NATO slams observation format of Russia-Belarus military drillsMilitary & Defense August 23, 14:31
Moscow has no doubts US will try to meddle in Russia’s presidential electionRussian Politics & Diplomacy August 23, 13:54
Diplomat points to Russia’s balanced response to US hostile actionsRussian Politics & Diplomacy August 23, 13:48
Russia, US reach considerable progress in bilateral dialogue on Syria — diplomatRussian Politics & Diplomacy August 23, 13:27
Indonesia may buy Russia’s advanced Su-35 fighter jetsMilitary & Defense August 23, 13:24
Russia closely monitors deployment of US missile defenses in JapanRussian Politics & Diplomacy August 23, 13:18
Russia to decide on conceptual design of future soldier’s combat gear by year-endMilitary & Defense August 23, 13:09
Press review: Netanyahu in Russia to focus on Iran and NSA spies on Russian net usersPress Review August 23, 13:00
Netanyahu calls strengthening Iran’s positions in Syria 'a threat to the entire world'World August 23, 12:52
MOSCOW, July 29./TASS/. Accusations against Russian athletes based on the report by WADA’s Independent Commission, chaired by Canadian sports law professor, Richard McLaren, are sometimes groundless, Russian Sports Minister, Vitaly Mutko told reporters on Friday.
"Many details have not been taken into consideration regarding the banning of Russian athletes from the Olympics based on McLaren’s list. We see that the list is not faultless and at times unsubstantiated. This is the case in rowing and some other sports. I am grateful to the majority of our sports federations that meticulously defended our athletes’ rights," he said.
"Over the past years, a colossal job has been done in Russia to create an anti-doping system, we have built a lab, enacted laws," the sports minister continued. "A total of 15,000 athletes have been tested yearly, about 200 have been disqualified for violations," the minister said.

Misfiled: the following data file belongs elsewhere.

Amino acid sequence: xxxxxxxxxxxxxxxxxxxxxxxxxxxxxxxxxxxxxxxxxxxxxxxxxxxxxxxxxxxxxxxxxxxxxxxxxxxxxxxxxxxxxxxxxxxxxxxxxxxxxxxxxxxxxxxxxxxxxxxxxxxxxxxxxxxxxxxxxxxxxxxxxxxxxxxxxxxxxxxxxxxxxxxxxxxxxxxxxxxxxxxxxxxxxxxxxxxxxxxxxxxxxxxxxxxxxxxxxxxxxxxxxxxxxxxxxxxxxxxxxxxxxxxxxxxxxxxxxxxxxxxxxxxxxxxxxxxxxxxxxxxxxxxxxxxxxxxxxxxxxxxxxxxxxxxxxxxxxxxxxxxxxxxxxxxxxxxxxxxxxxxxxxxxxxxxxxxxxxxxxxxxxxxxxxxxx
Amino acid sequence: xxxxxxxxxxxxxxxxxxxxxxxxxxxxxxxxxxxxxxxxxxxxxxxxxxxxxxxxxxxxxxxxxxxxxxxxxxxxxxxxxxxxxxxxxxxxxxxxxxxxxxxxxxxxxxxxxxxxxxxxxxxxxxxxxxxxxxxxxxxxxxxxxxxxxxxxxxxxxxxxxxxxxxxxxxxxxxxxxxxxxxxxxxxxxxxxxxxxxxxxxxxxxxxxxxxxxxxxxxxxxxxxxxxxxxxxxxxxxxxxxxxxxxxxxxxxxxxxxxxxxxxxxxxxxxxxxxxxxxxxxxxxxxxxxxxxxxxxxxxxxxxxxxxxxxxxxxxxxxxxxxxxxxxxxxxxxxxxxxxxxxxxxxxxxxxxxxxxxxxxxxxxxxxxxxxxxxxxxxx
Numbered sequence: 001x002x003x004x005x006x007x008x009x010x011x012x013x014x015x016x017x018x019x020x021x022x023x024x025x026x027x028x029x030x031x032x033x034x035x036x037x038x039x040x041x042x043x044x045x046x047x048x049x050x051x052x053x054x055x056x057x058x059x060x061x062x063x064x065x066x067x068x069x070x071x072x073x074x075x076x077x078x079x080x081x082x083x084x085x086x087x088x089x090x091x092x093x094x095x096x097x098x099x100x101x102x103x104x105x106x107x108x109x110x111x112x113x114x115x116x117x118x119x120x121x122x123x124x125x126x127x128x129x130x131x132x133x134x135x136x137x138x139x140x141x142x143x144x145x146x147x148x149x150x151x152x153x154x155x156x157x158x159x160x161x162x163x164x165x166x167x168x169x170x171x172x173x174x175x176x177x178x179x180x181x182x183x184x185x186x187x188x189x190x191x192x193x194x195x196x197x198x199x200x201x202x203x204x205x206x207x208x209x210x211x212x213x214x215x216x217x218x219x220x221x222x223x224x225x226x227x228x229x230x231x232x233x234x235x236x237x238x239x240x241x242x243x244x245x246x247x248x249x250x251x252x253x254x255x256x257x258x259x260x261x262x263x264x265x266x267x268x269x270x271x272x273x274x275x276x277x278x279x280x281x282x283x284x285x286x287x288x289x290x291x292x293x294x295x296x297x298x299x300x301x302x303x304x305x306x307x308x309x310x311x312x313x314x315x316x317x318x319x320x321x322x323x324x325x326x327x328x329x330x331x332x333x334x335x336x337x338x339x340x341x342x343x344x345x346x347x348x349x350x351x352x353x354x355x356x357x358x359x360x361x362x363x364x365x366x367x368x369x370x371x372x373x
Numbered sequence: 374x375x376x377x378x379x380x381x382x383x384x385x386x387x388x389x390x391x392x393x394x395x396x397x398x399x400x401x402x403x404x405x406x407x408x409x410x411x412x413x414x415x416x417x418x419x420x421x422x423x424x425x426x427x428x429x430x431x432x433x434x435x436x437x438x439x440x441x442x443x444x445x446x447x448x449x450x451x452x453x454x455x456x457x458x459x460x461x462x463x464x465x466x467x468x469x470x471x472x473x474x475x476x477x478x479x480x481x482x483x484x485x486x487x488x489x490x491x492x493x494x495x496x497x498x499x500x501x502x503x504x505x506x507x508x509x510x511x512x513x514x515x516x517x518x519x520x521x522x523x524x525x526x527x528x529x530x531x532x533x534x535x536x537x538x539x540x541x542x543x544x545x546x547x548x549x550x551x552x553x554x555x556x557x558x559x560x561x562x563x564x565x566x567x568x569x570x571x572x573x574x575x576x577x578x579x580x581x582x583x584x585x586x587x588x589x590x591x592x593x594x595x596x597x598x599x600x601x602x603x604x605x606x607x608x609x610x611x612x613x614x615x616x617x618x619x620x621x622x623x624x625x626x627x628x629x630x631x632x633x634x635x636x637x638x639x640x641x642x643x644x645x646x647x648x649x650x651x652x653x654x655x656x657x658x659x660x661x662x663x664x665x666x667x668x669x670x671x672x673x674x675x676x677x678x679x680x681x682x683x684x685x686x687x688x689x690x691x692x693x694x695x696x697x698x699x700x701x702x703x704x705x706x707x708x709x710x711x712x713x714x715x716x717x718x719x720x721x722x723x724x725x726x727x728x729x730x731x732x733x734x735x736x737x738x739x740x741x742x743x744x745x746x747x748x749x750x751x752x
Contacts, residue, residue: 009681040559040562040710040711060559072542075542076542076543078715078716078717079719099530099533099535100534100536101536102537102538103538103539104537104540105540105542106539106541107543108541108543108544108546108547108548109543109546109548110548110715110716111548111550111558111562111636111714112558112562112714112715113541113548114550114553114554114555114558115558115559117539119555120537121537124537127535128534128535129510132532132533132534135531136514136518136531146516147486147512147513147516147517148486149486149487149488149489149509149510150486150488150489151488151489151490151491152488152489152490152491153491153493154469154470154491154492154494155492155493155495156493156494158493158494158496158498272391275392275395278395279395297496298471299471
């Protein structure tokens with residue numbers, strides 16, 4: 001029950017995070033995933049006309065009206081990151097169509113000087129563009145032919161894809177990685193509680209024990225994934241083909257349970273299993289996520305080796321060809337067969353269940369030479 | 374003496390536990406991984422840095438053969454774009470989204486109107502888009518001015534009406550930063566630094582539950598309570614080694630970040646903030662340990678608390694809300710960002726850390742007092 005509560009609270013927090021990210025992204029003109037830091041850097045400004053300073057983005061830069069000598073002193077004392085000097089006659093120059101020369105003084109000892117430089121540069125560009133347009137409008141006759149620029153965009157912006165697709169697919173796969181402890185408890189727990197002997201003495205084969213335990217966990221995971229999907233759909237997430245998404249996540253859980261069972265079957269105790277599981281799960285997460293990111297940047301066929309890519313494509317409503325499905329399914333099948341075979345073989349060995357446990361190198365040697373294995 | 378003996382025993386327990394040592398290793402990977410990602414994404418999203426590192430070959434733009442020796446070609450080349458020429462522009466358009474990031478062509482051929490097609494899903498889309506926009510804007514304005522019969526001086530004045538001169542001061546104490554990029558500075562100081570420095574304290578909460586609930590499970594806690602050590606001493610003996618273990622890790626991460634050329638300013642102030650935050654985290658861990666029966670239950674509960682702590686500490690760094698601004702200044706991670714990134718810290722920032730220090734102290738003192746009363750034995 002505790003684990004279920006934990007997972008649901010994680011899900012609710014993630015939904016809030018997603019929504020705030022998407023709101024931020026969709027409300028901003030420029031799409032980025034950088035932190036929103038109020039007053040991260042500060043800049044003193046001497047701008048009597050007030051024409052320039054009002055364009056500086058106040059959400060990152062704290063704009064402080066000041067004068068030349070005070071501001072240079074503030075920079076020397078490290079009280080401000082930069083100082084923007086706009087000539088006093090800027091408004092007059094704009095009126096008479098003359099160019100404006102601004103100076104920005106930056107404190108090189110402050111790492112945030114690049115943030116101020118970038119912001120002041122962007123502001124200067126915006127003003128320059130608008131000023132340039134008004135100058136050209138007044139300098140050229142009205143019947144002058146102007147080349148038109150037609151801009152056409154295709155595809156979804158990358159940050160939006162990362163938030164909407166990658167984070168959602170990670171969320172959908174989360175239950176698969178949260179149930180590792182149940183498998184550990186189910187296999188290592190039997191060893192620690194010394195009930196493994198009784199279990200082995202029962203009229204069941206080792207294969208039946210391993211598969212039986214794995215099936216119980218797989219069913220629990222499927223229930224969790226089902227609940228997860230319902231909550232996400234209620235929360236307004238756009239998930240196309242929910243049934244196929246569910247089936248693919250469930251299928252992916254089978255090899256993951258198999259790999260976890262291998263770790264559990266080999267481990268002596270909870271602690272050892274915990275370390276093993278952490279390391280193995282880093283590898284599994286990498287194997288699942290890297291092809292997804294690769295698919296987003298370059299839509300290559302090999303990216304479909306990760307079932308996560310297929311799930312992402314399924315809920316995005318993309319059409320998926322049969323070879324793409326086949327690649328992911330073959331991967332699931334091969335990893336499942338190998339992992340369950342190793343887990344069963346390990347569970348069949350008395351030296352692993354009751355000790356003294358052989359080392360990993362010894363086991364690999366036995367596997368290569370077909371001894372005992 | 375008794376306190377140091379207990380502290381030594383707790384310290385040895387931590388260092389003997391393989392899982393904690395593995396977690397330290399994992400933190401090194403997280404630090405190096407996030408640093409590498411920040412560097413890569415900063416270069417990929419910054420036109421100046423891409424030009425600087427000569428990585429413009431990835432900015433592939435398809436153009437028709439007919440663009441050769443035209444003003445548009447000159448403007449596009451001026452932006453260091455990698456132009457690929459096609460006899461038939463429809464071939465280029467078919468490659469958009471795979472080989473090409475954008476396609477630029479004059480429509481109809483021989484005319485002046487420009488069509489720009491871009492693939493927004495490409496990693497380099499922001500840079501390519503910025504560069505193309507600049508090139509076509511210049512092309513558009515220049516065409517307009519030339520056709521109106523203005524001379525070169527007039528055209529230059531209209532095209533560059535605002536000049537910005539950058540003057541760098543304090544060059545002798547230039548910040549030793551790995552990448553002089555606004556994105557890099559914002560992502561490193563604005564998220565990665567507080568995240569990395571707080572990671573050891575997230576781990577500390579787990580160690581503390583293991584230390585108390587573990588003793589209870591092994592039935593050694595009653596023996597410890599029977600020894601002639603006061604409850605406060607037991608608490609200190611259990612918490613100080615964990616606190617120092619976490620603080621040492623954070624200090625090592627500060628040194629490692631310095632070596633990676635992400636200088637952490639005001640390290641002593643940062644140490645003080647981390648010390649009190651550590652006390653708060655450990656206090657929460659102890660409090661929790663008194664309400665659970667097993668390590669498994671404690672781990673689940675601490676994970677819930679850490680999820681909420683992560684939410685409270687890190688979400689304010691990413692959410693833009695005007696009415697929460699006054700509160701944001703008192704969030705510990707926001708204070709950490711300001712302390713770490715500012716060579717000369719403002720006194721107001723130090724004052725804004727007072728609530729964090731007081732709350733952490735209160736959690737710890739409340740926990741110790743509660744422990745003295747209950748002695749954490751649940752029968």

National anti-doping program
The national anti-doping program will be adopted at a sports forum in Russia at the end of September, Vitaly Mutko said.
"An independent anti-doping commission has been set up, with Vitaly Smirnov chairing it. They will formulate proposals, coordinate them with WADA. I hope we will be able to adopt this strategy at the forum (Russia is Sports Power!) at the end of September," the minister said.
On July 22, President Vladimir Putin proposed to the Russian Olympic Committee to set up a public commission to control doping in sports. On July 25, the Committee’s executive board approved Vitaly Smirnov, an honorary member of the International Olympic Committee, as chairman of the commission. The commission brings together renowned athletes and sports functionaries among others.
Smirnov is the Honorary President of the Russian Olympic Committee and an honorary member of the IOC where he has been working for 45 years by now.
On Russian Olympic team
The Russian Olympic team currently comprises 272 athletes but may further increase, Sports Minister said.
"Today the Russian national team comprises 272 persons but tends to increase further. The team is experienced and serious. We’ll compete in 30 out of 34 disciplines. I believe we’ll compete for top places in 19-20 sports events," Mutko said.
On July 24, the International Olympic Committee (IOC) held a meeting of its executive board to discuss possible blanket ban of Russian athletes at the Rio Olympics. The IOC executive committee decided not to ban the Russian team. Individual decision on Russian athletes will be taken by relevant international federations. Apart from that, the IOC ruled than no Russian athlete who has ever been sanctioned for doping will be allowed to take part in the Rio Olympics, even if he or she has served the sanction.
The World Anti-Doping Agency (WADA) Independent Commission, chaired by Richard McLaren, released a report on July 18 on the results of its probe into the accusations of doping and manipulation of tests by Russian athletes and officials at the 2014 Sochi Winter Olympic Games.
In particular, the report from WADA’s Commission stated that the commission’s investigation registered a total of 643 cases of Disappearing Positive Test Results in Russia between 2012 and 2015 involving athletes from 30 sports.
The International Olympic Committee announced on Sunday that Russian athletes, with the exception of track and field competitors, were allowed to participate in the 2016 Summer Olympics based on individual approval of each respective international sports federation or association. However, it was also ruled than no Russian athlete, who had been previously sanctioned for doping would be allowed to take part in the Rio Olympics.